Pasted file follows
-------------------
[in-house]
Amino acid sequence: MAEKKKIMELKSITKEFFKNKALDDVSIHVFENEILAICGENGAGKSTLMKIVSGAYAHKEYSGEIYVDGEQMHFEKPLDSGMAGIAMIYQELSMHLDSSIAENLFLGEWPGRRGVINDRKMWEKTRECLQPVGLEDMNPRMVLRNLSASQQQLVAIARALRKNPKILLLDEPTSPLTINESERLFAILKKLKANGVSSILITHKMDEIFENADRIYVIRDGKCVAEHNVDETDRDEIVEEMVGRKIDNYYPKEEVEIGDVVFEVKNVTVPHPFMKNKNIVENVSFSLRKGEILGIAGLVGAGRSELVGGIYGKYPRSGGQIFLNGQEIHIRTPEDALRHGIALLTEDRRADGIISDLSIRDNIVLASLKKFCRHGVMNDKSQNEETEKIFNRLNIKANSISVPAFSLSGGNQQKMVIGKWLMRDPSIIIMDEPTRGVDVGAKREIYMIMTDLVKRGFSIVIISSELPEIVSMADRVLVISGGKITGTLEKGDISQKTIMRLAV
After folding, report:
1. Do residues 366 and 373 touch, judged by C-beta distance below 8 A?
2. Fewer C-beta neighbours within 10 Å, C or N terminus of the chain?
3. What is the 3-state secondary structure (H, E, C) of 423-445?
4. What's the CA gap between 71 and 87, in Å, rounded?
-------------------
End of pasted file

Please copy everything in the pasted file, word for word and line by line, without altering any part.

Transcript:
[in-house]
Amino acid sequence: MAEKKKIMELKSITKEFFKNKALDDVSIHVFENEILAICGENGAGKSTLMKIVSGAYAHKEYSGEIYVDGEQMHFEKPLDSGMAGIAMIYQELSMHLDSSIAENLFLGEWPGRRGVINDRKMWEKTRECLQPVGLEDMNPRMVLRNLSASQQQLVAIARALRKNPKILLLDEPTSPLTINESERLFAILKKLKANGVSSILITHKMDEIFENADRIYVIRDGKCVAEHNVDETDRDEIVEEMVGRKIDNYYPKEEVEIGDVVFEVKNVTVPHPFMKNKNIVENVSFSLRKGEILGIAGLVGAGRSELVGGIYGKYPRSGGQIFLNGQEIHIRTPEDALRHGIALLTEDRRADGIISDLSIRDNIVLASLKKFCRHGVMNDKSQNEETEKIFNRLNIKANSISVPAFSLSGGNQQKMVIGKWLMRDPSIIIMDEPTRGVDVGAKREIYMIMTDLVKRGFSIVIISSELPEIVSMADRVLVISGGKITGTLEKGDISQKTIMRLAV
After folding, report:
1. Do residues 366 and 373 touch, judged by C-beta distance below 8 A?
2. Fewer C-beta neighbours within 10 Å, C or N terminus of the chain?
3. What is the 3-state secondary structure (H, E, C) of 423-445?
4. What's the CA gap between 71 and 87, in Å, rounded?